If Bureau of Customs (BOC) Commissioner Rozzano Biazon believes he still has that moral ascendancy left in him, then he should not think twice of resigning from his post.
He may not have been linked to any anomaly during his watch at the BOC, but to be identified and, in fact, accused by no less that the National Bureau of Investigation (NBI) of taking P1.9 million in kickbacks for the use of his Priority Development Assistance Fund (PDAF), while still a Congressman representing the lone district of Muntinlupa City, is a serious matter and an integrity issue, especially where he is and the sensitive position he is handling.
With Biazon are seven fellow former members of the House of Representatives comprising 34 individuals in the second batch of cases in the PDAF scam.
Needless to say that, like the first batch of cases filed before the Office of the Ombudsman against 39 individuals that included Senators Juan Ponce Enrile, Jinggoy Estrada and Bong Revilla, the second batch of personalities have also been linked to Janet Lim-Napoles’ P10 billion pork barrel scam, which she is said to have masterminded.
There would have been four more congressmen, but they were stricken from the list as they are all deceased.
Unlike the three senators bearing the moniker Tanda, Sexy and Pogi, plunder, however, was not included in the charges against Biazon because his discretionary funds intended for roads, bridges and projects for the poor, but which got funneled to the fake NGOs, did not reach the threshold level of P50 million.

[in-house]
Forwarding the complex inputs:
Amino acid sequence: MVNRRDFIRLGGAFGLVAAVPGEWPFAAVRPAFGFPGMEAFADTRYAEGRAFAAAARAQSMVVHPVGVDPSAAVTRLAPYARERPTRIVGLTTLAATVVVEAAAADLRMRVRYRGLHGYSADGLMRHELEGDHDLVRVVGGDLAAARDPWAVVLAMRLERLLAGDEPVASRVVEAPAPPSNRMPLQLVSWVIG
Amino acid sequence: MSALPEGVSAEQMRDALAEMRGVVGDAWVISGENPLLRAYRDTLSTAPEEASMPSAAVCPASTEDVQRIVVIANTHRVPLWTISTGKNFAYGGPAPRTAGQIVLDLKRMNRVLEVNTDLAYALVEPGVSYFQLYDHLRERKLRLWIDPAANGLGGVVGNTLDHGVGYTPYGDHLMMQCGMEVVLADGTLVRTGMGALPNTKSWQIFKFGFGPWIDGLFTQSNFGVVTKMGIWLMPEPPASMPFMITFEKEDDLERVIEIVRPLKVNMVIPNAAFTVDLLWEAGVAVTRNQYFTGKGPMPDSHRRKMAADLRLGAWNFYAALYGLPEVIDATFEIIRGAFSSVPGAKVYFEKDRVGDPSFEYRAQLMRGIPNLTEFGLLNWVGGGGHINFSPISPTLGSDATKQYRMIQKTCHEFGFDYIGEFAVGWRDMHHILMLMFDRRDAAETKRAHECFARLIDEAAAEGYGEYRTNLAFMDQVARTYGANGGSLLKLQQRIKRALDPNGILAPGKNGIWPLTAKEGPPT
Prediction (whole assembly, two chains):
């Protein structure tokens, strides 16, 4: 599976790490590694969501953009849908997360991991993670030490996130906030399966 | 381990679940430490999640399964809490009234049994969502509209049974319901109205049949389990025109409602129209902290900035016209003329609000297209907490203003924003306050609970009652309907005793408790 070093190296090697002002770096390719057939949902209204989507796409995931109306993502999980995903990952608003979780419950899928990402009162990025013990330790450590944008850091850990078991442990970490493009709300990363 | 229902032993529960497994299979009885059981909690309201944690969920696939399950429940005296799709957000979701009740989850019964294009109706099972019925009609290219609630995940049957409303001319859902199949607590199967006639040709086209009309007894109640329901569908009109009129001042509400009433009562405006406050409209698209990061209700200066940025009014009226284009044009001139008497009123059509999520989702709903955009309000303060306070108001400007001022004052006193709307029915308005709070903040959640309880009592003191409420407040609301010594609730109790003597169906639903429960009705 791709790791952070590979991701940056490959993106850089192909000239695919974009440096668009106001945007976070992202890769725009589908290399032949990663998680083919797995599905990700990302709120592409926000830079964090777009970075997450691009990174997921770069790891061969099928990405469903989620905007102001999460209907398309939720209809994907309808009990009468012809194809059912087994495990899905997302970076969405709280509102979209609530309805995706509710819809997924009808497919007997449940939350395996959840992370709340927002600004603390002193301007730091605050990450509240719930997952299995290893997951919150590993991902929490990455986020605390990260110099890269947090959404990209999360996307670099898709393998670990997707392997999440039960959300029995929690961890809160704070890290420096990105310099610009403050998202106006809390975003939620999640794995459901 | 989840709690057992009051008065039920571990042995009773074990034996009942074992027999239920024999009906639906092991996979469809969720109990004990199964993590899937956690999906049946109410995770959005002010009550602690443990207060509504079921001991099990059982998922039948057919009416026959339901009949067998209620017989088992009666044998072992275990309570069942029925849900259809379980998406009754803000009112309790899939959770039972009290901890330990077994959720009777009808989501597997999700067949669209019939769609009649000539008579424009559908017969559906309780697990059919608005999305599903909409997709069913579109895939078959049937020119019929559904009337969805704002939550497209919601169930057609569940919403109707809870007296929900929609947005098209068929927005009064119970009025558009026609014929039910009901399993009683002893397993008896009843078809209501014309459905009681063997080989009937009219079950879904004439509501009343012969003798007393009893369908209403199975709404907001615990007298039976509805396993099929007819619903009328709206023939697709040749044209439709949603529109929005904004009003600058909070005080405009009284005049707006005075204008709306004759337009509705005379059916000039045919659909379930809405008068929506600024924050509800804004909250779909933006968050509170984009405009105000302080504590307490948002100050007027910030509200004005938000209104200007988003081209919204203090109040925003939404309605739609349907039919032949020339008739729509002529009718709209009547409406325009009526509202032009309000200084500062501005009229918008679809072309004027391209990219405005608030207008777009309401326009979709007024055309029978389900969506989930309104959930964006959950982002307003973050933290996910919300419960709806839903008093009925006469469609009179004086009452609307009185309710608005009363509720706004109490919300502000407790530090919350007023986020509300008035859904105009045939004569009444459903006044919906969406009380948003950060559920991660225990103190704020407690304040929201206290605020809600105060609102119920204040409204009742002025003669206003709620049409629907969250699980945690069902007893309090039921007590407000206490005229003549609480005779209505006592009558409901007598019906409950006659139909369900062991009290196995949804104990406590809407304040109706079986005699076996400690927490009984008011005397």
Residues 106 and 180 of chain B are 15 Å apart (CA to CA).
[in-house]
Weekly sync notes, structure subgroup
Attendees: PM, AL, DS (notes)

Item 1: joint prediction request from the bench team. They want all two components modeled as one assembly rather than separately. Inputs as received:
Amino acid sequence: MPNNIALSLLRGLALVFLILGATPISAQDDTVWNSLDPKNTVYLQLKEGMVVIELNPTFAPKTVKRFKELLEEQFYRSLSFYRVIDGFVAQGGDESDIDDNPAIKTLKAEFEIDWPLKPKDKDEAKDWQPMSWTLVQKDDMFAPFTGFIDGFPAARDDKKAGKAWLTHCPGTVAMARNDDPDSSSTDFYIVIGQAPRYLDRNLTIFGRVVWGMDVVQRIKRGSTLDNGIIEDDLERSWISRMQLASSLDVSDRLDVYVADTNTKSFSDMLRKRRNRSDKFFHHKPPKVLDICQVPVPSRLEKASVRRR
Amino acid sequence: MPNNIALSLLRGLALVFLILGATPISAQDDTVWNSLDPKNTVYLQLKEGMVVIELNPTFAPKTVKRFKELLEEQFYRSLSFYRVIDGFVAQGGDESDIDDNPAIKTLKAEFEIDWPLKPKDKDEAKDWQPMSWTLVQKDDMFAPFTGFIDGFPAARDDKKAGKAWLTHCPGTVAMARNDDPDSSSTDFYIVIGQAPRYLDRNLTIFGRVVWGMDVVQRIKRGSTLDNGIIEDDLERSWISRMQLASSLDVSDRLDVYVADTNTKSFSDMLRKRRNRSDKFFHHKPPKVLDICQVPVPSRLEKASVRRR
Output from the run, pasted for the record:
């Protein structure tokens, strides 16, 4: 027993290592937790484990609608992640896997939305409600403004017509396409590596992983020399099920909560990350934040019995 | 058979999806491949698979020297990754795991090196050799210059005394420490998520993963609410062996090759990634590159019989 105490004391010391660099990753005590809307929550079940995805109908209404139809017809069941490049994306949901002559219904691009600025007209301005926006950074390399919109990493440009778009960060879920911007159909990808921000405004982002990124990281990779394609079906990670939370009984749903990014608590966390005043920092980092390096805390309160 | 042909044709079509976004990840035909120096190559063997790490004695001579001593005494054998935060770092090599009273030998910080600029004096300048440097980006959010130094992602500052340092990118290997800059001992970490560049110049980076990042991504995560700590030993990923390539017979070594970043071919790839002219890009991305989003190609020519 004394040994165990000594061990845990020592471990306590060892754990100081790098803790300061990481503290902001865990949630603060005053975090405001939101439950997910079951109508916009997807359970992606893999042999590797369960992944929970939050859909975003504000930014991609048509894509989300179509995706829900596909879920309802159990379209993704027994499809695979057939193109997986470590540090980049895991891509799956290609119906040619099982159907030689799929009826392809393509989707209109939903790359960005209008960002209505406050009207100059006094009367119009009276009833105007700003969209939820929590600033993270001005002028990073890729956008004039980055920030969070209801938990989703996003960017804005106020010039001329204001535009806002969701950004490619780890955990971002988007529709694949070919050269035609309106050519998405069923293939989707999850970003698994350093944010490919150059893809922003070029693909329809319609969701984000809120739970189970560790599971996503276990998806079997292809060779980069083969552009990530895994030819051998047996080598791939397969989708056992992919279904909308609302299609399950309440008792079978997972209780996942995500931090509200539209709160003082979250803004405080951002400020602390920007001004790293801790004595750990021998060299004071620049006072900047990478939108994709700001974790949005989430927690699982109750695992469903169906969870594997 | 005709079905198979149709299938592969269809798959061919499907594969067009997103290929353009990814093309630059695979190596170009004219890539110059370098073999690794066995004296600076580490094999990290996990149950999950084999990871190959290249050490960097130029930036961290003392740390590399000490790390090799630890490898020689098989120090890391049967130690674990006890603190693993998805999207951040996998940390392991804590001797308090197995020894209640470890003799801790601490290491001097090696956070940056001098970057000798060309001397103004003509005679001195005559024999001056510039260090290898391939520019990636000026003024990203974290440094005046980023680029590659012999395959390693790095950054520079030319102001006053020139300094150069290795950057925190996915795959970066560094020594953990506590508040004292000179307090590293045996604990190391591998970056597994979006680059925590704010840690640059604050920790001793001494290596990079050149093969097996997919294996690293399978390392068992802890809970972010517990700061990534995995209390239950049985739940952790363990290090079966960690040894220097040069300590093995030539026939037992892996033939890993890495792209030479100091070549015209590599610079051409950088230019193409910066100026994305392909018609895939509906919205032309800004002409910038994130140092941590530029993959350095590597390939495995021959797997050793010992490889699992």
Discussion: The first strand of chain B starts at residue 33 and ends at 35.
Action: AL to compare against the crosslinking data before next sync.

The charges of malversation, graft and bribery against Biazon covers the period between 2007 and 2010.
Upon being informed of the charges, Biazon issued a statement, saying, he has “yet to see the documents pertinent to this issue, but I welcome the opportunity to clarify and answer the accusation whether before the National Bureau of Investigation, the Office of the Ombudsman or the courts.”
He added, “I had always exercised prudence and fidelity in the performance of my duty as representative of Muntinlupa as well as in other responsibilities to the public, and pursued projects and programs that benefited my constituents. But as we have seen in some instances, the processes involved have been vulnerable to abuse by certain parties.”
Well, statements are good, but stepping down as BOC commissioner is the most appropriate thing to do.
Nobody wants to see a person with marred reputation running an agency that is known to be corrupt, if not the most corrupt in the country today.
That will save President Benigno Aquino additional embarrassing moments considering that Biazon is a party mate.